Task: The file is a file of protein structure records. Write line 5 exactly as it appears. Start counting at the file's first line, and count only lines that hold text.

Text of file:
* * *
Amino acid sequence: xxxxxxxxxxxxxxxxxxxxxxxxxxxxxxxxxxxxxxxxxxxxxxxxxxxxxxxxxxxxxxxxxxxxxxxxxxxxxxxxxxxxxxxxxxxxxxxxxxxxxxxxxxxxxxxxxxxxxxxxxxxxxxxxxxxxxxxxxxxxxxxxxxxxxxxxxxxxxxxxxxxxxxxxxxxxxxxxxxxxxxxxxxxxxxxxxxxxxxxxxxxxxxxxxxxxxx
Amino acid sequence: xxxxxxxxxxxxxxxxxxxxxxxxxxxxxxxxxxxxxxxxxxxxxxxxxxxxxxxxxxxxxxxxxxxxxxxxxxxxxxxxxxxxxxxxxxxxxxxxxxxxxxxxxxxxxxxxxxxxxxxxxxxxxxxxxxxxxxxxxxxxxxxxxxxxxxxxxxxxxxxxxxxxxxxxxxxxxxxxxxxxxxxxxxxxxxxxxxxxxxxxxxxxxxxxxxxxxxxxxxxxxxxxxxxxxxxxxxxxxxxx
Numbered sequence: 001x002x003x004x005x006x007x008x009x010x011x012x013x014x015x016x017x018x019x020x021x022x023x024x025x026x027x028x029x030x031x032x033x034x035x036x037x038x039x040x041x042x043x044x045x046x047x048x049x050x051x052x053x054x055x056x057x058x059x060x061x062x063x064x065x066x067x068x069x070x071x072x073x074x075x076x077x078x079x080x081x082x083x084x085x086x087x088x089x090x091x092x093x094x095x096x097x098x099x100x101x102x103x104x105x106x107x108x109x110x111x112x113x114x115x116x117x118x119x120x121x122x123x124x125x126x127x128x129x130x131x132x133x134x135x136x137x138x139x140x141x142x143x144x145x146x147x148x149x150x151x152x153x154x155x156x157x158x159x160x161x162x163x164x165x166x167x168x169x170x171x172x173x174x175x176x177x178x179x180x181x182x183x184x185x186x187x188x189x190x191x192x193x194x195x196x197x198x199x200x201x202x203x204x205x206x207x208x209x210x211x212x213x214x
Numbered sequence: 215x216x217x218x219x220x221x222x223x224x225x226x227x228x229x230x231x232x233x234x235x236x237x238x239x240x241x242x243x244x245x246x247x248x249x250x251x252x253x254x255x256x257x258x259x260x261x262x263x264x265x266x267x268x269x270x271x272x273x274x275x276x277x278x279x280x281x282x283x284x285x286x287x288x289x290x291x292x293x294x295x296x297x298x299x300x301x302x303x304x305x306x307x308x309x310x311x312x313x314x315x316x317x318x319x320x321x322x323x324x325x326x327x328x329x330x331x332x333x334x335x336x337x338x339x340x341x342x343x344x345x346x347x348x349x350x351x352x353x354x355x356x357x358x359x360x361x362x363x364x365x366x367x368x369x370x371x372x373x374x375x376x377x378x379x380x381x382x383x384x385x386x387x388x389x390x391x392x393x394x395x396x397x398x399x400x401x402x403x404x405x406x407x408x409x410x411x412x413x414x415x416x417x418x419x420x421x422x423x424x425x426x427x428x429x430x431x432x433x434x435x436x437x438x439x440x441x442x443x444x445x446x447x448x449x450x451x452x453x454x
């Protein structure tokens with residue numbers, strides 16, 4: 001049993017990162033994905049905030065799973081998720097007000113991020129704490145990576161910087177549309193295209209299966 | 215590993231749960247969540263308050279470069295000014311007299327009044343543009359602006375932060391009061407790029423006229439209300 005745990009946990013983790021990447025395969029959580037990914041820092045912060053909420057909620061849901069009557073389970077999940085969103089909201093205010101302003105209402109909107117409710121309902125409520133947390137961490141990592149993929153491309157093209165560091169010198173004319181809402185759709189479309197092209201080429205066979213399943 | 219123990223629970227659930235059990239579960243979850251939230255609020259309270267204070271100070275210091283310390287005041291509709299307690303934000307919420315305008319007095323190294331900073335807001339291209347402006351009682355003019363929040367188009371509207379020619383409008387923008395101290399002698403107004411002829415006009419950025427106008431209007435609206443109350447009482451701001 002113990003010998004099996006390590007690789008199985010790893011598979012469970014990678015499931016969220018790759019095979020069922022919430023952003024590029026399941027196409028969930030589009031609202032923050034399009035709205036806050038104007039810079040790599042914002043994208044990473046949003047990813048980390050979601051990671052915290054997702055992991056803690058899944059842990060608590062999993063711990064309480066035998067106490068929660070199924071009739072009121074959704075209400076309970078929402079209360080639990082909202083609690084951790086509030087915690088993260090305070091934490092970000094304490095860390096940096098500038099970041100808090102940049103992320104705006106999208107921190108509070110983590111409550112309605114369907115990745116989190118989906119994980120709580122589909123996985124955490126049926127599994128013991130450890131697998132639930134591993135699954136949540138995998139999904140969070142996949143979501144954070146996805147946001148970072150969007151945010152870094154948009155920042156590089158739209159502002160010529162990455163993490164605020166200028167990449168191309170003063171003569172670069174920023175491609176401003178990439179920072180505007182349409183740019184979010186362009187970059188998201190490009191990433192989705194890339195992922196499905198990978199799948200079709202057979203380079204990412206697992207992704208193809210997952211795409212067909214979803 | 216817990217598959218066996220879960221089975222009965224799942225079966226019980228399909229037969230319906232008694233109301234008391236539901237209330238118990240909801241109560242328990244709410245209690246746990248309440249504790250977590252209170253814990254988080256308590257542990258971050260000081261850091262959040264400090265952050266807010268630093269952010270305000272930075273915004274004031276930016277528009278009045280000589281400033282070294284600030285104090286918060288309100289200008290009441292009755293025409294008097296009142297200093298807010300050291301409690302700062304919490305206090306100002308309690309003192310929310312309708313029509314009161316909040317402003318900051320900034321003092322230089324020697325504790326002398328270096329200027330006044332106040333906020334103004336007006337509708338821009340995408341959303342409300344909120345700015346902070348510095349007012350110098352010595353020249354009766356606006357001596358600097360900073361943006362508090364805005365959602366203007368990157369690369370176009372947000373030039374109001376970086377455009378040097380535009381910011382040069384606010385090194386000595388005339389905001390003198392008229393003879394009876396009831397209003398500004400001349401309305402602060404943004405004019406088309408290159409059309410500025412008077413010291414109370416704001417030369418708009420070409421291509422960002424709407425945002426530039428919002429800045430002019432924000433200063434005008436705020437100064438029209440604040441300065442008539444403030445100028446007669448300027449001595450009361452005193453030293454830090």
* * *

């Protein structure tokens with residue numbers, strides 16, 4: 001049993017990162033994905049905030065799973081998720097007000113991020129704490145990576161910087177549309193295209209299966 | 215590993231749960247969540263308050279470069295000014311007299327009044343543009359602006375932060391009061407790029423006229439209300 005745990009946990013983790021990447025395969029959580037990914041820092045912060053909420057909620061849901069009557073389970077999940085969103089909201093205010101302003105209402109909107117409710121309902125409520133947390137961490141990592149993929153491309157093209165560091169010198173004319181809402185759709189479309197092209201080429205066979213399943 | 219123990223629970227659930235059990239579960243979850251939230255609020259309270267204070271100070275210091283310390287005041291509709299307690303934000307919420315305008319007095323190294331900073335807001339291209347402006351009682355003019363929040367188009371509207379020619383409008387923008395101290399002698403107004411002829415006009419950025427106008431209007435609206443109350447009482451701001 002113990003010998004099996006390590007690789008199985010790893011598979012469970014990678015499931016969220018790759019095979020069922022919430023952003024590029026399941027196409028969930030589009031609202032923050034399009035709205036806050038104007039810079040790599042914002043994208044990473046949003047990813048980390050979601051990671052915290054997702055992991056803690058899944059842990060608590062999993063711990064309480066035998067106490068929660070199924071009739072009121074959704075209400076309970078929402079209360080639990082909202083609690084951790086509030087915690088993260090305070091934490092970000094304490095860390096940096098500038099970041100808090102940049103992320104705006106999208107921190108509070110983590111409550112309605114369907115990745116989190118989906119994980120709580122589909123996985124955490126049926127599994128013991130450890131697998132639930134591993135699954136949540138995998139999904140969070142996949143979501144954070146996805147946001148970072150969007151945010152870094154948009155920042156590089158739209159502002160010529162990455163993490164605020166200028167990449168191309170003063171003569172670069174920023175491609176401003178990439179920072180505007182349409183740019184979010186362009187970059188998201190490009191990433192989705194890339195992922196499905198990978199799948200079709202057979203380079204990412206697992207992704208193809210997952211795409212067909214979803 | 216817990217598959218066996220879960221089975222009965224799942225079966226019980228399909229037969230319906232008694233109301234008391236539901237209330238118990240909801241109560242328990244709410245209690246746990248309440249504790250977590252209170253814990254988080256308590257542990258971050260000081261850091262959040264400090265952050266807010268630093269952010270305000272930075273915004274004031276930016277528009278009045280000589281400033282070294284600030285104090286918060288309100289200008290009441292009755293025409294008097296009142297200093298807010300050291301409690302700062304919490305206090306100002308309690309003192310929310312309708313029509314009161316909040317402003318900051320900034321003092322230089324020697325504790326002398328270096329200027330006044332106040333906020334103004336007006337509708338821009340995408341959303342409300344909120345700015346902070348510095349007012350110098352010595353020249354009766356606006357001596358600097360900073361943006362508090364805005365959602366203007368990157369690369370176009372947000373030039374109001376970086377455009378040097380535009381910011382040069384606010385090194386000595388005339389905001390003198392008229393003879394009876396009831397209003398500004400001349401309305402602060404943004405004019406088309408290159409059309410500025412008077413010291414109370416704001417030369418708009420070409421291509422960002424709407425945002426530039428919002429800045430002019432924000433200063434005008436705020437100064438029209440604040441300065442008539444403030445100028446007669448300027449001595450009361452005193453030293454830090």